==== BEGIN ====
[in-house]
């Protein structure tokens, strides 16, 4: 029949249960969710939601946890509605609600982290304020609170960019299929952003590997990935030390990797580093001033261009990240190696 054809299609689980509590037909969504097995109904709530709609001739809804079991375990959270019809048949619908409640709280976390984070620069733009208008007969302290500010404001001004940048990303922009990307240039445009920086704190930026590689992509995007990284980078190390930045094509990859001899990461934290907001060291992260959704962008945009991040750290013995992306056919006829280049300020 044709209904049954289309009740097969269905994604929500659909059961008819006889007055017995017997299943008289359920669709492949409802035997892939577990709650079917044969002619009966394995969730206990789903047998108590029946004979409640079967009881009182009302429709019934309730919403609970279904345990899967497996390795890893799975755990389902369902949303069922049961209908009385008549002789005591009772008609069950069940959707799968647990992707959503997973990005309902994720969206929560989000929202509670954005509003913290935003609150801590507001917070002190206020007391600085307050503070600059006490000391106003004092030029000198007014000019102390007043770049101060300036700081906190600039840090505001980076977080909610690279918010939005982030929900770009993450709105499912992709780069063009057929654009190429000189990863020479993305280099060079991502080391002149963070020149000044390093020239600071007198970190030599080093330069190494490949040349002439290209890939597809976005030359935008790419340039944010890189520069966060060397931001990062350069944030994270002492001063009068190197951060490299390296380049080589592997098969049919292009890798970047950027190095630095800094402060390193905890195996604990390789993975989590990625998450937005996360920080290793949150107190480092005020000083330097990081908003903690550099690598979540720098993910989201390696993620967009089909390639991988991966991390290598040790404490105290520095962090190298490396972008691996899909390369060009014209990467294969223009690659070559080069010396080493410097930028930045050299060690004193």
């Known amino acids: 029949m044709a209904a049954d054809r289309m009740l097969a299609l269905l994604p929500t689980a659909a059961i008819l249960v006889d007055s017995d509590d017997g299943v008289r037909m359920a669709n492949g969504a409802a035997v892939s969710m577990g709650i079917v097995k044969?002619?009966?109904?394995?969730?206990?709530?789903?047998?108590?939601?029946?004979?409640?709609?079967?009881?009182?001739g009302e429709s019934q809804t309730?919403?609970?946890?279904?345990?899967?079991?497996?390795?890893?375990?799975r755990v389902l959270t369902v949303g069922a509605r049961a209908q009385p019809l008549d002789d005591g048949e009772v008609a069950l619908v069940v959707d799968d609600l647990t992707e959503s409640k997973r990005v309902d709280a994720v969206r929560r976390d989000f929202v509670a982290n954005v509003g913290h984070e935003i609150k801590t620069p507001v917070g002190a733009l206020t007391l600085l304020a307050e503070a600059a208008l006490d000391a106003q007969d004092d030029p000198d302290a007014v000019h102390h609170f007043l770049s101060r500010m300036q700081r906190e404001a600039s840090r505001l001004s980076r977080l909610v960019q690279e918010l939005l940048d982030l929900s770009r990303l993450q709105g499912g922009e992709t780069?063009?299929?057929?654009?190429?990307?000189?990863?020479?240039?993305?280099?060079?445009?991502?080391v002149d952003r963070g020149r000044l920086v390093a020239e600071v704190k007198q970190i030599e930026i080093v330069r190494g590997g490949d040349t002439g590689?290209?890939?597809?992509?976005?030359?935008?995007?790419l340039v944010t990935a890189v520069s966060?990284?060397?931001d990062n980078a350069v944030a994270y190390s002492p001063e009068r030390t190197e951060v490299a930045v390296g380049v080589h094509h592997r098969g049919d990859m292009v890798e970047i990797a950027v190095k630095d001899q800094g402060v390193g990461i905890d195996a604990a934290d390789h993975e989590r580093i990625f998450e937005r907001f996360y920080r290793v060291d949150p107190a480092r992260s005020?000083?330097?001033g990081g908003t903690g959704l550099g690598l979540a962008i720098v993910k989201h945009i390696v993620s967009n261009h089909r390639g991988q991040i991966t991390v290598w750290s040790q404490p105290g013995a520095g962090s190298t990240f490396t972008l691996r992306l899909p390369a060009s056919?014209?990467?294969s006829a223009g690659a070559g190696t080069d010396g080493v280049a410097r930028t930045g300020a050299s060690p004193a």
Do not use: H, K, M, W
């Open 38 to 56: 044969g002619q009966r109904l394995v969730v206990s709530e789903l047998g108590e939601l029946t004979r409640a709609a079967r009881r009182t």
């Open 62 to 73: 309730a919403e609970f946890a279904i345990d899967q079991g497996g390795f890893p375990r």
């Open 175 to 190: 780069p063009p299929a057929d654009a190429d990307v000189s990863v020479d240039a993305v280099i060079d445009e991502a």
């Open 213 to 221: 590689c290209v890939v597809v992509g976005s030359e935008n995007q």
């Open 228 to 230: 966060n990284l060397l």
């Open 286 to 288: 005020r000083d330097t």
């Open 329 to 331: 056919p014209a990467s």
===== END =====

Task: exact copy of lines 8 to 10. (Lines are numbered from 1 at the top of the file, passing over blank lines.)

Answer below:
């Open 213 to 221: 590689c290209v890939v597809v992509g976005s030359e935008n995007q």
């Open 228 to 230: 966060n990284l060397l």
């Open 286 to 288: 005020r000083d330097t």